So that that my furnace bits and pieces did not have to sit on the floor I decided to build a simple metal shelf. I bought some angle iron (15x20x1mm) to form two of the sides. I also used an piece of scrap which was previously part of the shelving but had been replaced as it was buckled. That piece was cut in two and the wonky bit discarded. As the two ends of the shelf were to be supported, I ensured that the side pieces rested on top of these. This means that my brazed joints are only holding the parts together and not supporting weight. I used the standard welders technique for testing the joints. I hit them with a hammer. One failed and on closer inspection it was obvious I’d not properly cleaned the metal. After a proper cleaning with wirewool the last joint was successfully made.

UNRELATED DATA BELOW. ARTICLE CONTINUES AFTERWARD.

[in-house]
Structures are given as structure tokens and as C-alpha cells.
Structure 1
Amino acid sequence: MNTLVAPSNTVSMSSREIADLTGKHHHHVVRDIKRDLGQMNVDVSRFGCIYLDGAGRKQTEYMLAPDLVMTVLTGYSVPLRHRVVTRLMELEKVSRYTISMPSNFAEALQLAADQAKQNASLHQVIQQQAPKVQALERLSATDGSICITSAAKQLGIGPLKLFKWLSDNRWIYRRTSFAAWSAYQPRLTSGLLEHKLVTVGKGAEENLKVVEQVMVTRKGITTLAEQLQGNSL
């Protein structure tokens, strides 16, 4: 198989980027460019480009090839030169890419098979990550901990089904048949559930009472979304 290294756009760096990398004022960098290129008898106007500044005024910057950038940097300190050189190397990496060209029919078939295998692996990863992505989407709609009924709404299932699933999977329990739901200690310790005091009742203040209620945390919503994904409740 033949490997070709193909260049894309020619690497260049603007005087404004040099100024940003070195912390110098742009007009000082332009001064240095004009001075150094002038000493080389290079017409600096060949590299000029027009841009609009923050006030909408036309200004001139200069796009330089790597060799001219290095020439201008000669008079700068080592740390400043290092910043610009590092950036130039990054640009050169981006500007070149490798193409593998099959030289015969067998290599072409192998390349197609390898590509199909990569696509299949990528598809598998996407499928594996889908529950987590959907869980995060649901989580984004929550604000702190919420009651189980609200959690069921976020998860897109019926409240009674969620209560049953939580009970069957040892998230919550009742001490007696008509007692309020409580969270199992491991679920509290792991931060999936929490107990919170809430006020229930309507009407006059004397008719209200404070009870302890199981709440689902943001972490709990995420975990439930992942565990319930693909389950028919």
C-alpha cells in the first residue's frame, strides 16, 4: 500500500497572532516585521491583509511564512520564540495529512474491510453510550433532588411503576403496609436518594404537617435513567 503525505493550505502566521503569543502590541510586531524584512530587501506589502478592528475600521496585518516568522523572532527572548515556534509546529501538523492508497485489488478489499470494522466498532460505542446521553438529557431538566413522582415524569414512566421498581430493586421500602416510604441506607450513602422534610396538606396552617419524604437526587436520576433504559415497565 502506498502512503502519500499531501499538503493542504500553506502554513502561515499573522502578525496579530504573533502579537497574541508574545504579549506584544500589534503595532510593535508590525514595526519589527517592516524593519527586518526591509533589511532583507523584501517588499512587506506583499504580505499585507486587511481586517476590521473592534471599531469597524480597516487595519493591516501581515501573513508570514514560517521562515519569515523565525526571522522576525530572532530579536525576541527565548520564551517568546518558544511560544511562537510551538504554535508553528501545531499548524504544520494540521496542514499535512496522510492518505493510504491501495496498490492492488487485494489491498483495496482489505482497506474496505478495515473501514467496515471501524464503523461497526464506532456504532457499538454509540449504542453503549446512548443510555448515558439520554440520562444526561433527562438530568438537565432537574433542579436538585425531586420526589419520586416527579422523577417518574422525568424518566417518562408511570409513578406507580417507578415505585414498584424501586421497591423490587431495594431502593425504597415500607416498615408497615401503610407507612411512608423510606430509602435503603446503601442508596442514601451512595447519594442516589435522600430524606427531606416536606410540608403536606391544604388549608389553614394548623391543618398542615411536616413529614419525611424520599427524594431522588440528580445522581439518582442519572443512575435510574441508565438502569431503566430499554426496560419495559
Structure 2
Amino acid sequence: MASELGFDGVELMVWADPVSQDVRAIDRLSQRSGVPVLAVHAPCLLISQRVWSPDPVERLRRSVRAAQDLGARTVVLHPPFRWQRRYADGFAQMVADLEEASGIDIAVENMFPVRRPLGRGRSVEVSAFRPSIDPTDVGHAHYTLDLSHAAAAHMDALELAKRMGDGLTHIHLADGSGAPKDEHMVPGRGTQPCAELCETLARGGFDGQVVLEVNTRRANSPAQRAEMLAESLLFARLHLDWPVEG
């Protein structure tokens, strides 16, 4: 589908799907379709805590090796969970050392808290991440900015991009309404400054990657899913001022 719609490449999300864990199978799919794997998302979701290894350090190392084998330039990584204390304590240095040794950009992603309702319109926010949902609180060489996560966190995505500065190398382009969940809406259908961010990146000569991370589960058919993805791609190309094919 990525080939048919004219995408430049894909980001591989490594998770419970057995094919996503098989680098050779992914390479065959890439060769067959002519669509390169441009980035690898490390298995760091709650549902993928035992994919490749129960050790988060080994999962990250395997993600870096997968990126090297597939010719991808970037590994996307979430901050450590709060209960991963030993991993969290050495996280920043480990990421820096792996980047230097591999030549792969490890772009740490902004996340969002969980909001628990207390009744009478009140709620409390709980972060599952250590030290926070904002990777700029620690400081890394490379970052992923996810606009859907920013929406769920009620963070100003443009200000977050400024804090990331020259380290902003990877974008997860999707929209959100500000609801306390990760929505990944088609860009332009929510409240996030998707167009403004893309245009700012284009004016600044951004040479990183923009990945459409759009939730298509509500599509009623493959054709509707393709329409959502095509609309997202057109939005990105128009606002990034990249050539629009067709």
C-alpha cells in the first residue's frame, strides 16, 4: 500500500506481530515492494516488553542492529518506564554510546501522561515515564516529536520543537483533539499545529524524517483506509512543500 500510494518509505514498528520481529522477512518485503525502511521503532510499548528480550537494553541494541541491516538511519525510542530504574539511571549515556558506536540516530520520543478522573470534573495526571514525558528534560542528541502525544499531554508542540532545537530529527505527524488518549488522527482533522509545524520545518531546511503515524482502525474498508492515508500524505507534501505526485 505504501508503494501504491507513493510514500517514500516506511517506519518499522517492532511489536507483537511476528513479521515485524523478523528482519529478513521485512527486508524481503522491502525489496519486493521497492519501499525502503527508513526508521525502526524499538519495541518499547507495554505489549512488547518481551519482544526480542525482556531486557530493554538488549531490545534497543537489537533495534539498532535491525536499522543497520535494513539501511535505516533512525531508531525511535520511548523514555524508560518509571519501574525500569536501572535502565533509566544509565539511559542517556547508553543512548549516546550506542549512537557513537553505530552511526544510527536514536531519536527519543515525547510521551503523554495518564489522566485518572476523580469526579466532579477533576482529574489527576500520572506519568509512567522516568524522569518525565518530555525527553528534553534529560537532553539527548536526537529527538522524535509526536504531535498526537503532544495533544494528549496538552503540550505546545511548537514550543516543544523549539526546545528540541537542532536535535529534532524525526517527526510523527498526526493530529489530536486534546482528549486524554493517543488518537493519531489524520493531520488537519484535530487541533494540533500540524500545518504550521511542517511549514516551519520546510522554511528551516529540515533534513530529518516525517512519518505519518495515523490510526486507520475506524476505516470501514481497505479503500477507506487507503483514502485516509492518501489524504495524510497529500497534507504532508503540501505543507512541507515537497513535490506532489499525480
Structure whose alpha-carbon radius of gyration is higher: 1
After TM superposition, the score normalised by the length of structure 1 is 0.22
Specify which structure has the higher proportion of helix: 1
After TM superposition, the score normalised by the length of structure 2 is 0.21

The shelf base was made from a galvanised steel cube kit cut to size. Because the metal is galvanised it would not have been possible to braze it without removing that coating. It’s also more tricky to braze thick and thin items as they can heat up un-evenly with the bigger item sapping all the heat from the smaller. As I’m a bit out of practice on this I decided on a simpler alterntative which was to attach the grids using cable ties.
All was left was to bolt the shelf in place and load it up with my furnace, patterns, blower and casting flasks.
This isn;t just a shelf. It’s an S&M shelf.
Well I suppose you could make it larger and add some extra points for attaching chains and the like but I’m happy with it as it is.
A top article to read. Thanks a lot for sharing this. Fine work. Keep it up.